Stian Eikeland bio photo

Stian Eikeland

Developer. Does consultancy work from own company. Lives in Bergen, Norway.

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Building a home automation system – Power control (Part 3)

Just got myself a RFXtrx433 USB transceiver from RFXcom. It's a tiny box which allows you the communicate with a wide range of home automation hardware that uses the 433 MHz band, check out the impressive list of supported hardware on their website. There is one store in Norway that sell these, and guess what, it's in Strandgaten here in Bergen (walking distance) -

There's a guy named Kevin that have been working a nodejs library for it, available here: node-rfxcom. He's made support for events and triggering of most of the protocols - it's is under active development at the moment. It works quite well here for lighting2 equipment (Nexa / Home Easy based). I added support for lighting1 events (ARC - older protocol - uses code wheel), since it seems that Nexa still sell some equipment using this (the single wall button in my case).

So far I'm only using cheap Nexa plug-in modules and wall buttons, which seem to work well enough, but the plug-in modules aren't exactly pretty. A lot of the lighting in my apartment is also hard-wired (halogen spots in the roof, no sockets), so sooner or later I'm going to have to get some real built in modules. This has to be done by a certified electrician and I want to be sure that I go for the right technology. I got a tip that insteon is planning on releasing european modules soon(tm), these are mesh-networked (bonus!). And since every receiver is also a sender/repeater I'm hoping they can be queried: "Hello lighting module A, what is your current dimming level?"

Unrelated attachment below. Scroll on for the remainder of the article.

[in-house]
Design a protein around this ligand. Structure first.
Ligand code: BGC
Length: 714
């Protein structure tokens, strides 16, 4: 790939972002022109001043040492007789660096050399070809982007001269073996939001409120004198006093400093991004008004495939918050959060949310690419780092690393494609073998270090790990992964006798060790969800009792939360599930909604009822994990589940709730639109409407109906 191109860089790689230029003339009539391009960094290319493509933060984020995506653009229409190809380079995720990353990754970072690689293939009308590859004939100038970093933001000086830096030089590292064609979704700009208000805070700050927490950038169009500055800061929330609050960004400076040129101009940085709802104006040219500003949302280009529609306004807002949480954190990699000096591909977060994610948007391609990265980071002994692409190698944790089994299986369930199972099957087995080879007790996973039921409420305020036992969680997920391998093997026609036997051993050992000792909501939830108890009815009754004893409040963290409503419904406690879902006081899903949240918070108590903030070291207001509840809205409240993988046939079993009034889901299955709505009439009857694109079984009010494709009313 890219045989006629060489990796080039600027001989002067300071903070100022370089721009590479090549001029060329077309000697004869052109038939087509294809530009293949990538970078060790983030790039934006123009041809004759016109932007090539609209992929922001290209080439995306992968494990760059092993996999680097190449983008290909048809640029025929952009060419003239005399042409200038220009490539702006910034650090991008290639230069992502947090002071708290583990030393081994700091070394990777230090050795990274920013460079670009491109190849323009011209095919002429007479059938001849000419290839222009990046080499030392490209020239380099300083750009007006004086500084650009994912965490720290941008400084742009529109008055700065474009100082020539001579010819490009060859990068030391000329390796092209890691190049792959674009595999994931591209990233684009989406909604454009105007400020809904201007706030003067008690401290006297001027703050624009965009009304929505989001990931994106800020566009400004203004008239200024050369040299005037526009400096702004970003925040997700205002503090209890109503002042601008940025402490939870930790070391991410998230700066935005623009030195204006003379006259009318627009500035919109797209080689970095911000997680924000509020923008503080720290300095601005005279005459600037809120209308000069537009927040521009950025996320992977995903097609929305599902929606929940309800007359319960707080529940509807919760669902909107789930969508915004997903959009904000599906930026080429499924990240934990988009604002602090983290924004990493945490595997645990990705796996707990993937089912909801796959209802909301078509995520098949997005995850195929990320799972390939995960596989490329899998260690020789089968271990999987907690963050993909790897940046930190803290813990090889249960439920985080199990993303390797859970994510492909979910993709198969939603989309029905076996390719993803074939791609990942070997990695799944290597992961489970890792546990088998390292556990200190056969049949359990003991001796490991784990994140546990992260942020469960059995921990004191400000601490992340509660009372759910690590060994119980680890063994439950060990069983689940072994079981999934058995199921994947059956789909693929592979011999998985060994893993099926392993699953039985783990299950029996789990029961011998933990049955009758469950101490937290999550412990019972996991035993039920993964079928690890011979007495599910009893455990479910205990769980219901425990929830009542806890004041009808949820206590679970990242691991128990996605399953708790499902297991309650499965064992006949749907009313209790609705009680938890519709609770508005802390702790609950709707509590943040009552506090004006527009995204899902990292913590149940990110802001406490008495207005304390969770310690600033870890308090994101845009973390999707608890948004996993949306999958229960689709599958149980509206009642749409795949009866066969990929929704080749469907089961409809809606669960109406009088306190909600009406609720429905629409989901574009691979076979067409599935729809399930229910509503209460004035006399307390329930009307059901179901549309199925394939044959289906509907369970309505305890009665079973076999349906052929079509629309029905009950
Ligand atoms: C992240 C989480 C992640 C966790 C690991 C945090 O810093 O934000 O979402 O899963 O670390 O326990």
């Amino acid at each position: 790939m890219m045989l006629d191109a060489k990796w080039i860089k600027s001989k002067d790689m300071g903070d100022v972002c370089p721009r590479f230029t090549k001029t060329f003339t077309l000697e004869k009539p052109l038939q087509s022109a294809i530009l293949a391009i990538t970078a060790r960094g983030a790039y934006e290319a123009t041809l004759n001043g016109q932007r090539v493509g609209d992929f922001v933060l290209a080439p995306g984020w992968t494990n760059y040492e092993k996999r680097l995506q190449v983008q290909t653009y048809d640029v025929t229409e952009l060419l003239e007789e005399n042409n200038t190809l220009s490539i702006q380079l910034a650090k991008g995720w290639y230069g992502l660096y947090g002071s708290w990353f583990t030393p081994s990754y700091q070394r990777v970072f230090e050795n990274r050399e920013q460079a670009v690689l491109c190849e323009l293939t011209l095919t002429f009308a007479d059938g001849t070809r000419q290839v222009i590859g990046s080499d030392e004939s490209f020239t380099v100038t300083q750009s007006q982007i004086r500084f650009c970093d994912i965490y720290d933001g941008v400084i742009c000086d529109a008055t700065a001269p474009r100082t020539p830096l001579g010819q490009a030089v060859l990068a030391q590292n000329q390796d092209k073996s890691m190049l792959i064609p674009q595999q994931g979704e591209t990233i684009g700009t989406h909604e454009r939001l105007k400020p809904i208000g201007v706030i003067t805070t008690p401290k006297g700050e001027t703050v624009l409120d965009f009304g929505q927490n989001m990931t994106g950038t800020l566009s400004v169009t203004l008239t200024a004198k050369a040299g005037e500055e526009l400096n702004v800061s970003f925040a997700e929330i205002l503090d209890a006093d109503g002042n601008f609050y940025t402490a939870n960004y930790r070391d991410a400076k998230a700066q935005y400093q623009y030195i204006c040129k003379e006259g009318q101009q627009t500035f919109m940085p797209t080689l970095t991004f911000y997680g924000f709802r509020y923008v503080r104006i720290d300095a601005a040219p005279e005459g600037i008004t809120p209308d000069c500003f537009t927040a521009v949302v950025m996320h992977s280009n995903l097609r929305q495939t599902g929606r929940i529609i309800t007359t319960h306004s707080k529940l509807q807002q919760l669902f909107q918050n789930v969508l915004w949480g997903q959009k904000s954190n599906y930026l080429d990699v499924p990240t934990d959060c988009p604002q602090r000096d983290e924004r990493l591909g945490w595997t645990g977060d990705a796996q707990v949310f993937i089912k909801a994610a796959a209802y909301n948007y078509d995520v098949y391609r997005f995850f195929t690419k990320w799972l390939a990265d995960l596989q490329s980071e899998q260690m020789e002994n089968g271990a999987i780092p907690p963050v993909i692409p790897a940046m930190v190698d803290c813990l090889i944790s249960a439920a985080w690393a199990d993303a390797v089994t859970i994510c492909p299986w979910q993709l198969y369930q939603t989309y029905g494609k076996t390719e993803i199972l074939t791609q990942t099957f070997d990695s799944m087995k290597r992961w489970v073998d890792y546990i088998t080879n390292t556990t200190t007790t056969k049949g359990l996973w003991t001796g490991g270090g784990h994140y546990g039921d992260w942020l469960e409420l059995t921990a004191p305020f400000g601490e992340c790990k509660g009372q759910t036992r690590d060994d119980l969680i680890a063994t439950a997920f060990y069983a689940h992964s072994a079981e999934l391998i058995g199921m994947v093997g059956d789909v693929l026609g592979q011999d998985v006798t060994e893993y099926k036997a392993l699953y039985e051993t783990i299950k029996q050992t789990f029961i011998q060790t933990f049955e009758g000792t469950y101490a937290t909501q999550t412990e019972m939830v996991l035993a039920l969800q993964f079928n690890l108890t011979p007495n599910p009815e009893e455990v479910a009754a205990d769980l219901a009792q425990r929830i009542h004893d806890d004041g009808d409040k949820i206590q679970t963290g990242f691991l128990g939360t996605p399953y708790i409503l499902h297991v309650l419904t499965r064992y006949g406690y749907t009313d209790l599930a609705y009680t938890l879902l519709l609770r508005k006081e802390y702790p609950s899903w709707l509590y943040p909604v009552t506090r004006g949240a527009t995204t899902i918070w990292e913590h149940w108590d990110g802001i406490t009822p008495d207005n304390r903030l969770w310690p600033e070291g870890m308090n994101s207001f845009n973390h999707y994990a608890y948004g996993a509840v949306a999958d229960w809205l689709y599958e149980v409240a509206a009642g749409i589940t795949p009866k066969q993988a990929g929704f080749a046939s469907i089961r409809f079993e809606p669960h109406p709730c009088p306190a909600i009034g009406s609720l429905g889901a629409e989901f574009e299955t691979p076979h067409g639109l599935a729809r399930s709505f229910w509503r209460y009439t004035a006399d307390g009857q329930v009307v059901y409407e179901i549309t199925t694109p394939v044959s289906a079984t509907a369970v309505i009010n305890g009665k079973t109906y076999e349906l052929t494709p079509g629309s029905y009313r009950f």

I have the RFX unit up and running as a service on my home automation message bus now, so now it's finally possible to subscribe for events from transmitters (ex: wall switch) and send orders to receivers (ex: plug in modules connected to lights). Subscribing to the coffee-machine and turning it off after 60 minutes, or turning off several lights/appliances if the last-man-out button near the exit door is pressed can now be done by:

power = new Power new MessageBus

# Power coffeemaker off 60 minutes after it was powered on:
power.on 'kitchen-coffeemaker', (event) ->
	turnOff = () ->
		power.send {
			command: "off",
			location: "kitchen-coffeemaker" }
	setTimeout turnOff, 60*60*1000 if event.command is "on"

# Turn stuff off if the last-man-out button near the exit is pressed:
power.on 'exitdoor-lastmanout', (event) ->
	receivers = [
	power.send {
		command: "off"
		location: receiver
	} for receiver in receivers if event.command is "off"

Now I need to find some suitable PIR (passive infra-red) motion sensors to use with the system, and also try to research which in wall technology to go for in the future - so that I can control more of the lighting here at home.